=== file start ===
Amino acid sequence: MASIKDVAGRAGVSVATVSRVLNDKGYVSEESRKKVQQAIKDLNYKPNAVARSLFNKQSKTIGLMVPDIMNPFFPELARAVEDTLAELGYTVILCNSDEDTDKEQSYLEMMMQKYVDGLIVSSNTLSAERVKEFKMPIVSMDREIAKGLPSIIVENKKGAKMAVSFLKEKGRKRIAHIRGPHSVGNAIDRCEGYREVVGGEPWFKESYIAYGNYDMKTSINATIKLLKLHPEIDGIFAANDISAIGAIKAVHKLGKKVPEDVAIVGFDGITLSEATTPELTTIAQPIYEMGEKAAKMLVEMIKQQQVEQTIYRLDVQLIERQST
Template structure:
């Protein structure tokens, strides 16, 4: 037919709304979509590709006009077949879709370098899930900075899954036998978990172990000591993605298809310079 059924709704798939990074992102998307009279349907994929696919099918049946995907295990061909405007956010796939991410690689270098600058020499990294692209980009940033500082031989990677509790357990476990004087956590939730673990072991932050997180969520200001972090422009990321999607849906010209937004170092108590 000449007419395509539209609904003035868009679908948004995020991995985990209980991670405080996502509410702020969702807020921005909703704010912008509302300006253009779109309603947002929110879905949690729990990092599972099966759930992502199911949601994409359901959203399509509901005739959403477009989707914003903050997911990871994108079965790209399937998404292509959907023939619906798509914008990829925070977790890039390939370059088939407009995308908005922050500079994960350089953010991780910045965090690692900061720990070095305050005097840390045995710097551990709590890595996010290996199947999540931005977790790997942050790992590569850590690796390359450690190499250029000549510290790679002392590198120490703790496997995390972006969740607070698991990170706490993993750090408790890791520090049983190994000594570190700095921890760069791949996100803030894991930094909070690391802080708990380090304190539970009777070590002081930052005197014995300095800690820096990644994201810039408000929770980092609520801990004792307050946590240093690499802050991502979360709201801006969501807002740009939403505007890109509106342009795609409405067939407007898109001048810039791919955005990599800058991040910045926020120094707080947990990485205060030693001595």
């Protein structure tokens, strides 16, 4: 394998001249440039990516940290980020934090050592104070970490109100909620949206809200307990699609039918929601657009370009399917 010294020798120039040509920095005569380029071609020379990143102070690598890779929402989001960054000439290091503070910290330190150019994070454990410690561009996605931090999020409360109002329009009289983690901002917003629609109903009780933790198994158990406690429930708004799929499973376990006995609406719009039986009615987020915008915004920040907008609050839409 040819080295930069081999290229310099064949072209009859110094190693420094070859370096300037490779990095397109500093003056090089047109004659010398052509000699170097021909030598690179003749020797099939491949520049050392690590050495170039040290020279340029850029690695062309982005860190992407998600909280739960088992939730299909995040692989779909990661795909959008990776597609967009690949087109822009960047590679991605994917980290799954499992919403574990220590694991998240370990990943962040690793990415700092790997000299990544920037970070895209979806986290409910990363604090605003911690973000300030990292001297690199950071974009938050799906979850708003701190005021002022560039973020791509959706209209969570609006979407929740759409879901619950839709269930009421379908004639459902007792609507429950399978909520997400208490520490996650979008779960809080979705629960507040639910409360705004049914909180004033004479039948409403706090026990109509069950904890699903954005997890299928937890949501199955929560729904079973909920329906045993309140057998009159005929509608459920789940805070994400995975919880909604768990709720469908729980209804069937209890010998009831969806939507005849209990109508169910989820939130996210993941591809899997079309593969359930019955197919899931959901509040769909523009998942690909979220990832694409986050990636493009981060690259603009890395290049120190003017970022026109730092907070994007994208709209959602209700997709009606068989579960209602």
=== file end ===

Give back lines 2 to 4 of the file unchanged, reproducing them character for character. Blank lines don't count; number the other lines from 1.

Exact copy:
Template structure:
């Protein structure tokens, strides 16, 4: 037919709304979509590709006009077949879709370098899930900075899954036998978990172990000591993605298809310079 059924709704798939990074992102998307009279349907994929696919099918049946995907295990061909405007956010796939991410690689270098600058020499990294692209980009940033500082031989990677509790357990476990004087956590939730673990072991932050997180969520200001972090422009990321999607849906010209937004170092108590 000449007419395509539209609904003035868009679908948004995020991995985990209980991670405080996502509410702020969702807020921005909703704010912008509302300006253009779109309603947002929110879905949690729990990092599972099966759930992502199911949601994409359901959203399509509901005739959403477009989707914003903050997911990871994108079965790209399937998404292509959907023939619906798509914008990829925070977790890039390939370059088939407009995308908005922050500079994960350089953010991780910045965090690692900061720990070095305050005097840390045995710097551990709590890595996010290996199947999540931005977790790997942050790992590569850590690796390359450690190499250029000549510290790679002392590198120490703790496997995390972006969740607070698991990170706490993993750090408790890791520090049983190994000594570190700095921890760069791949996100803030894991930094909070690391802080708990380090304190539970009777070590002081930052005197014995300095800690820096990644994201810039408000929770980092609520801990004792307050946590240093690499802050991502979360709201801006969501807002740009939403505007890109509106342009795609409405067939407007898109001048810039791919955005990599800058991040910045926020120094707080947990990485205060030693001595």
């Protein structure tokens, strides 16, 4: 394998001249440039990516940290980020934090050592104070970490109100909620949206809200307990699609039918929601657009370009399917 010294020798120039040509920095005569380029071609020379990143102070690598890779929402989001960054000439290091503070910290330190150019994070454990410690561009996605931090999020409360109002329009009289983690901002917003629609109903009780933790198994158990406690429930708004799929499973376990006995609406719009039986009615987020915008915004920040907008609050839409 040819080295930069081999290229310099064949072209009859110094190693420094070859370096300037490779990095397109500093003056090089047109004659010398052509000699170097021909030598690179003749020797099939491949520049050392690590050495170039040290020279340029850029690695062309982005860190992407998600909280739960088992939730299909995040692989779909990661795909959008990776597609967009690949087109822009960047590679991605994917980290799954499992919403574990220590694991998240370990990943962040690793990415700092790997000299990544920037970070895209979806986290409910990363604090605003911690973000300030990292001297690199950071974009938050799906979850708003701190005021002022560039973020791509959706209209969570609006979407929740759409879901619950839709269930009421379908004639459902007792609507429950399978909520997400208490520490996650979008779960809080979705629960507040639910409360705004049914909180004033004479039948409403706090026990109509069950904890699903954005997890299928937890949501199955929560729904079973909920329906045993309140057998009159005929509608459920789940805070994400995975919880909604768990709720469908729980209804069937209890010998009831969806939507005849209990109508169910989820939130996210993941591809899997079309593969359930019955197919899931959901509040769909523009998942690909979220990832694409986050990636493009981060690259603009890395290049120190003017970022026109730092907070994007994208709209959602209700997709009606068989579960209602």